Ten travel tips for World Cup delegates in Russia

Cultural expert Alyssa Bantle offers advice on how to avoid embarrassing cultural faux pas this summer

Image credit: iStock
Image credit: iStock

Alyssa Bantle is a cultural expert at Crown World Mobility

Millions of people are descending on Russia for the FIFA World Cup, whether to watch the action or work at the tournament – and cultural behaviour experts say it is vital to take time to understand how Russian culture works. 

More than 2.5m tickets have been sold for the month-long tournament, which runs from June 14 to July 15. Some of the world’s biggest multi-national companies, many of them partners or sponsors of the tournament, will also send staff on assignment to the region to look after clients and host events during the tournament.

All will have a first-hand opportunity to experience the joys of visiting another culture - but also face some significant challenges. 

There’s no need to become fluent in Russian before you travel but you do need to bring your curiosity and a willingness to shift out of your cultural comfort zone.

We see this a lot in big business when people work abroad or attend meetings overseas. They make too many assumptions and don’t take the time and care to listen and understand other people - and often end up either causing offence or failing to communicate effectively.

Here are some ideas around small shifts you can make both as a fan or when travelling on business to understand Russian culture and enjoy a successful trip to the World Cup. 

1. Do not expect to strike up a conversation as easily as you do in the UK. Small-talk is not the norm in Russia. Russians usually need time to build trust.

2. Don’t be offended if your friendly smile is not reciprocated. Russians tend to reserve smiling for people they know and trust or when it is a sincere reflection of how they are feeling.

3. When you do have a conversation with Russians, be prepared for some personal and direct questions such as asking how much you earn or why you do not have children. These types of questions allow Russians to get to know who you are and build trust. You can answer - or you can use a more indirect reply like "I earn enough to take care of myself and my family."

4. Another approach is to openly share that you prefer not to answer since the question is considered quite personal in your culture - but that you would love to have a conversation with them about other things.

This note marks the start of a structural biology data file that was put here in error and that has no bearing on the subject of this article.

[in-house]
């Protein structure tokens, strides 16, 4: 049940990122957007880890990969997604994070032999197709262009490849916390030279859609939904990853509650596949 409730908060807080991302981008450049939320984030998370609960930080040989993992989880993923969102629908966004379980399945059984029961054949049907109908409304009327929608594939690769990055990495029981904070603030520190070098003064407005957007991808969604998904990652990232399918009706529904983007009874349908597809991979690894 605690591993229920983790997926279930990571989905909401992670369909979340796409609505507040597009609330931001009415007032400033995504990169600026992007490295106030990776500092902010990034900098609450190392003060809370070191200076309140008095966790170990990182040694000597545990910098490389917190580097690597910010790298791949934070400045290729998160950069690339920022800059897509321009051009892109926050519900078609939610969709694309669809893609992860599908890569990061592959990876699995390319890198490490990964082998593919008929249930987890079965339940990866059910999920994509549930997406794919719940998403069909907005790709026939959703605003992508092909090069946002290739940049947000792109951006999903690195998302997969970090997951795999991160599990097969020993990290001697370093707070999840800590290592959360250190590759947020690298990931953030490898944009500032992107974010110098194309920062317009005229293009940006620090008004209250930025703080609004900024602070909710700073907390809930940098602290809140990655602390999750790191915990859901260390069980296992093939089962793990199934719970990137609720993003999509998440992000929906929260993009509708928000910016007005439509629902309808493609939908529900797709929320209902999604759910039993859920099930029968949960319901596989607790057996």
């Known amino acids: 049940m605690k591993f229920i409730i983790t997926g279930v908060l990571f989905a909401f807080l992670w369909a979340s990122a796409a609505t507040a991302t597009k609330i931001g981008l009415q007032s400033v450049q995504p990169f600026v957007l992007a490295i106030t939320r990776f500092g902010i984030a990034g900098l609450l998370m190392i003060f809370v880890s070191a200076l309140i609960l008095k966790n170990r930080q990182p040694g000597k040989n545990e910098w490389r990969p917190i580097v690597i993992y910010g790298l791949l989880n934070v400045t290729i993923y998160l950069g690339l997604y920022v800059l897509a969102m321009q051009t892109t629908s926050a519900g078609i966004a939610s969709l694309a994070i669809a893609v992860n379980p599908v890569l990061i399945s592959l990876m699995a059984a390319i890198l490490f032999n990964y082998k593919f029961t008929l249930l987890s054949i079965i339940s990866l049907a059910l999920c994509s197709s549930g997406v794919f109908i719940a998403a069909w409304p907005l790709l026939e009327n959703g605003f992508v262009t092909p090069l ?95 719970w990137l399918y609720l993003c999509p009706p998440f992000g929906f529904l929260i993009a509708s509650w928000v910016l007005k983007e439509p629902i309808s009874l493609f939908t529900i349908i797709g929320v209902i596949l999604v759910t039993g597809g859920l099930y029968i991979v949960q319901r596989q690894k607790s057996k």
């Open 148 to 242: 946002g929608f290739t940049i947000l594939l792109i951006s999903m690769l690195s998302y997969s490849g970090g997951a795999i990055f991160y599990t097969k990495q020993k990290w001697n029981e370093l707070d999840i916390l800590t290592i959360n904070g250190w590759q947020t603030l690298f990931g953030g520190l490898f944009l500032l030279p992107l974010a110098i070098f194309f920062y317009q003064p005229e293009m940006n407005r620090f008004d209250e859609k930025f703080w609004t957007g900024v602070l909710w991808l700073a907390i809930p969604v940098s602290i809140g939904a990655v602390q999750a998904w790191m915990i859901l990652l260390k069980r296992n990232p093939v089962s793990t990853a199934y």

5. Make sure you learn some basic phrases and greetings – both familiar/casual ones like "Poka" (bye/so long) and the more formal ones like "Do svidaniya" (goodbye/’til we meet again). You can download an app, buy a book or take a few lessons in person or online.

6. Use more formality than you would in the UK. In Russia, formality is a form of respect that is appreciated especially when interacting with strangers, officials and hotel staff. When in doubt, err on the side of formality. In other words, keep that funny comment to yourself when you are speaking with the Customs and Immigrations officer.

7. Before judging the way something is done in Russia in a negative light, stop and ask yourself about the bigger picture. Ksenia Gross, regional coordinator at Crown, works closely with assignees from around the world. As a Russian national living in Hong Kong she advises: "In any intercultural interaction embrace the things you don’t completely understand and be curious to ask questions. Respect the old ways of Russia.  There is a lot to discover whether you are there for a matter of days, weeks or years".

8. Remember to approach each interaction with curiosity. Dos and Don’ts are great but can only get you so far. There are cultural norms but each person and every interaction is unique. 

9. If you are working in Russia, do not assume that your usual approach of brief chit-chat and then getting right down to business will be perceived as positively as it is in the UK. In Russia employees spend more time chatting and connecting with each other.

10. Do not ask a direct question assuming you will get a direct answer. In Russia, communication can often be quite indirect for many reasons including factors such as hierarchy and seniority. 

Finally, always assume positive intent: the Russians you meet are also often unsure of what to make of the Brits!

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